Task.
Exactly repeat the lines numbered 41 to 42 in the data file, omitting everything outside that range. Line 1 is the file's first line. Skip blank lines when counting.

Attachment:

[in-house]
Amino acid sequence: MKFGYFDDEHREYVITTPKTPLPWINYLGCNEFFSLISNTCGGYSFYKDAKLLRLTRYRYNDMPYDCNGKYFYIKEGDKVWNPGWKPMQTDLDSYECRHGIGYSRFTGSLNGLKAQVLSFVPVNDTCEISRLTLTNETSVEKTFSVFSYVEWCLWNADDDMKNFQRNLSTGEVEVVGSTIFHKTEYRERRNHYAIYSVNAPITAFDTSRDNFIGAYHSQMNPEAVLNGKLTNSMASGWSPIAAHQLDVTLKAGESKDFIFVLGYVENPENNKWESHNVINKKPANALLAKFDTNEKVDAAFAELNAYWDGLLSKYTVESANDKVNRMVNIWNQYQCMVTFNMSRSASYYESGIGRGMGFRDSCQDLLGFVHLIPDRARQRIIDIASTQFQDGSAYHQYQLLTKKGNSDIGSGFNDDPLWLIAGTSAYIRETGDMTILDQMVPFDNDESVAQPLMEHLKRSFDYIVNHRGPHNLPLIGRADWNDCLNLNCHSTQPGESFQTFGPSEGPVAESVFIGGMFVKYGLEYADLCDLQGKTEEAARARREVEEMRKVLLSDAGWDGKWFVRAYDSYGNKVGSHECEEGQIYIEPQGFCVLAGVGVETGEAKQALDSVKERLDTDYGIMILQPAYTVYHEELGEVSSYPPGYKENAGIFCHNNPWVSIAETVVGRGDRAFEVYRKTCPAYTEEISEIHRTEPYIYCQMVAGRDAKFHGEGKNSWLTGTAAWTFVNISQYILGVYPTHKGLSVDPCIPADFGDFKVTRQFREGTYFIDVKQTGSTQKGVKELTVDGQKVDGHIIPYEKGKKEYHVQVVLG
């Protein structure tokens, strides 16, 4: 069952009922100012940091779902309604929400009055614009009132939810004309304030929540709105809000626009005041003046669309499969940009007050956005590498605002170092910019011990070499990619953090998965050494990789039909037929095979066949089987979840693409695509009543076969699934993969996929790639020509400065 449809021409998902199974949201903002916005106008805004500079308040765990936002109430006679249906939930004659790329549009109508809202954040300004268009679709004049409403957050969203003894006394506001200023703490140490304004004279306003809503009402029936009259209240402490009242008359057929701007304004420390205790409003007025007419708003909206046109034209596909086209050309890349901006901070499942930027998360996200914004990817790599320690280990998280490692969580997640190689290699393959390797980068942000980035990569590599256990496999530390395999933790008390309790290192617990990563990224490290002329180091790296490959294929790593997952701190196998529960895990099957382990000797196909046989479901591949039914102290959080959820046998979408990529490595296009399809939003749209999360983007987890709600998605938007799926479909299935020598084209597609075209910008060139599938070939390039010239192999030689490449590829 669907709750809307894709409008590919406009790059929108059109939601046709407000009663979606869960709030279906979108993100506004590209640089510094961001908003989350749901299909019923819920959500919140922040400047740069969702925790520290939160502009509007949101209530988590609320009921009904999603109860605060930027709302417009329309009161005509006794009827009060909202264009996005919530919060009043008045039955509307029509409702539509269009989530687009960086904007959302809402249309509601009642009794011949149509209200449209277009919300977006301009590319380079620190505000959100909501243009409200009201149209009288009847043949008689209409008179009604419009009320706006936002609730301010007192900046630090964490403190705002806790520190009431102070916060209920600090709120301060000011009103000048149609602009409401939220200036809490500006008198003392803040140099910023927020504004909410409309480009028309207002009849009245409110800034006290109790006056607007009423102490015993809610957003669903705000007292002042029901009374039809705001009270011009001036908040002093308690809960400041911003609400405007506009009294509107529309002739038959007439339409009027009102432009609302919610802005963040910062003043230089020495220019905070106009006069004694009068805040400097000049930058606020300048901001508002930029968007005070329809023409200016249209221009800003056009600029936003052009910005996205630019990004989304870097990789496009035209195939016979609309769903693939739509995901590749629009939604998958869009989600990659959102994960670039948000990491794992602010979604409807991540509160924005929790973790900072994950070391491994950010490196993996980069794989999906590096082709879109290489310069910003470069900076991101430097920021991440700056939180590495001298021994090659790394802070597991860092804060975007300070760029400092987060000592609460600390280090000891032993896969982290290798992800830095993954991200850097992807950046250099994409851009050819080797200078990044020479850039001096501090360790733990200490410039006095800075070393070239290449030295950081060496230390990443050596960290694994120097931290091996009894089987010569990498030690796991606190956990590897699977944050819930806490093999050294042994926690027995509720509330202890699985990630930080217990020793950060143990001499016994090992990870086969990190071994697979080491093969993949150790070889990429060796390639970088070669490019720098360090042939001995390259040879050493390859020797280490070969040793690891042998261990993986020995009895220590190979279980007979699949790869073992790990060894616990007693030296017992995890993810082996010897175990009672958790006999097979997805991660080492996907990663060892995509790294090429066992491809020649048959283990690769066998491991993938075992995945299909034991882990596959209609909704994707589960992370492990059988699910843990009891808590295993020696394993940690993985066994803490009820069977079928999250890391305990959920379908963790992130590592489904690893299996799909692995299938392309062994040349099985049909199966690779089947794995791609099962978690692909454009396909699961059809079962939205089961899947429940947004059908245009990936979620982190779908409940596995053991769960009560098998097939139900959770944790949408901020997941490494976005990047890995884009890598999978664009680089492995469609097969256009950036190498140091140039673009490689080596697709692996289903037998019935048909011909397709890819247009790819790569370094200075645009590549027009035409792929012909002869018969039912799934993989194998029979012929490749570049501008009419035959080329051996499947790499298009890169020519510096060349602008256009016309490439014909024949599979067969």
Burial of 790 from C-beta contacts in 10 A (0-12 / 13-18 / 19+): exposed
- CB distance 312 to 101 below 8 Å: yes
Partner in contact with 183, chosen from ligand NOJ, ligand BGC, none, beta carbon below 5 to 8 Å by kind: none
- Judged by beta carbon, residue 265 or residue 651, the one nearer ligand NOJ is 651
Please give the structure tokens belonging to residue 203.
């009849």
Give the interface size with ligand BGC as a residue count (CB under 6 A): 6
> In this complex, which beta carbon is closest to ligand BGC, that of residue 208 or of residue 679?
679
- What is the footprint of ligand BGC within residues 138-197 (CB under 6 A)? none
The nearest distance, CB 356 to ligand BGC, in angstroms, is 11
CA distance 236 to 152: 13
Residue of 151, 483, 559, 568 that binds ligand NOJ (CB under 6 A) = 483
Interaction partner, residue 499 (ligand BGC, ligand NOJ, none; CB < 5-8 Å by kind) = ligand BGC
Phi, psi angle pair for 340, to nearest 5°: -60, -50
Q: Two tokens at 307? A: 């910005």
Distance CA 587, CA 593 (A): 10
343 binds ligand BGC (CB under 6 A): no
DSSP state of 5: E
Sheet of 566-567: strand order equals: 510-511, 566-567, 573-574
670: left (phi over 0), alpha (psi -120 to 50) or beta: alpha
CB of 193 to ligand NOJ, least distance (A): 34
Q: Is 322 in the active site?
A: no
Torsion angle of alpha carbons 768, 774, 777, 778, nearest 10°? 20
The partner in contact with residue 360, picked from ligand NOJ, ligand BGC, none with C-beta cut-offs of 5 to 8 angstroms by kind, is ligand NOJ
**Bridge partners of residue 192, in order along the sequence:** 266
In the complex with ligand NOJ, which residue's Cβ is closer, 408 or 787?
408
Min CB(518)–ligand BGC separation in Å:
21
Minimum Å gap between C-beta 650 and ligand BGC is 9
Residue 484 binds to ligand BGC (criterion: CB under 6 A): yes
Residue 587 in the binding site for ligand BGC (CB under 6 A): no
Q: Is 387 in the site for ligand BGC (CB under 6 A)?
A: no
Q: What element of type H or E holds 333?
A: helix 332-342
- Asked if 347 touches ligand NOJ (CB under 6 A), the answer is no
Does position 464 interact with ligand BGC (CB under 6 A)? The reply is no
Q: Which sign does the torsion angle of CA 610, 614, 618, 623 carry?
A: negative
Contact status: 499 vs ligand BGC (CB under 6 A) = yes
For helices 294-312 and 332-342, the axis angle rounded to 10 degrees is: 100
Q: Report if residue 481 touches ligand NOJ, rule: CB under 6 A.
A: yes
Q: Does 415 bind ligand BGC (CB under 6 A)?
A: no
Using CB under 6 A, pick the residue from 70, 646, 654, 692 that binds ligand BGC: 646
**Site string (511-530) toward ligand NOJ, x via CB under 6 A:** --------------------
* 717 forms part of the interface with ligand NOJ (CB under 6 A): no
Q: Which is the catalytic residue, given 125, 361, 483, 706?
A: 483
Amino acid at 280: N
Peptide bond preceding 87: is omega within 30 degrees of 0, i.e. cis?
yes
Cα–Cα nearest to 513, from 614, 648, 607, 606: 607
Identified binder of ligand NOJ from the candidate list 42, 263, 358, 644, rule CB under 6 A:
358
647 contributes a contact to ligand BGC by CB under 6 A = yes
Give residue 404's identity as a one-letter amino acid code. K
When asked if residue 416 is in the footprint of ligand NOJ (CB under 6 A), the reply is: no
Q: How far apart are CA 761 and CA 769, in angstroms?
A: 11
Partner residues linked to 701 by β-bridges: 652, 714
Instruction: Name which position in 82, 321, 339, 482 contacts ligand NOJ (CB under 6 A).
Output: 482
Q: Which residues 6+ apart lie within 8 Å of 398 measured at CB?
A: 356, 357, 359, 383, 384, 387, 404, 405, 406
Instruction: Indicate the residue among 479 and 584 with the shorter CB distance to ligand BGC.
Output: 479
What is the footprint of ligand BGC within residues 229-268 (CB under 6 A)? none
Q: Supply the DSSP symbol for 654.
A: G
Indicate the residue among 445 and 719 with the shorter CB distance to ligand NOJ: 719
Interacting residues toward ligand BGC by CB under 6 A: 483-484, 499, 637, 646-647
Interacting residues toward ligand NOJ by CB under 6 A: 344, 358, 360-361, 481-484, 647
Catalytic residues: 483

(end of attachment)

A: helix 332-342
- Asked if 347 touches ligand NOJ (CB under 6 A), the answer is no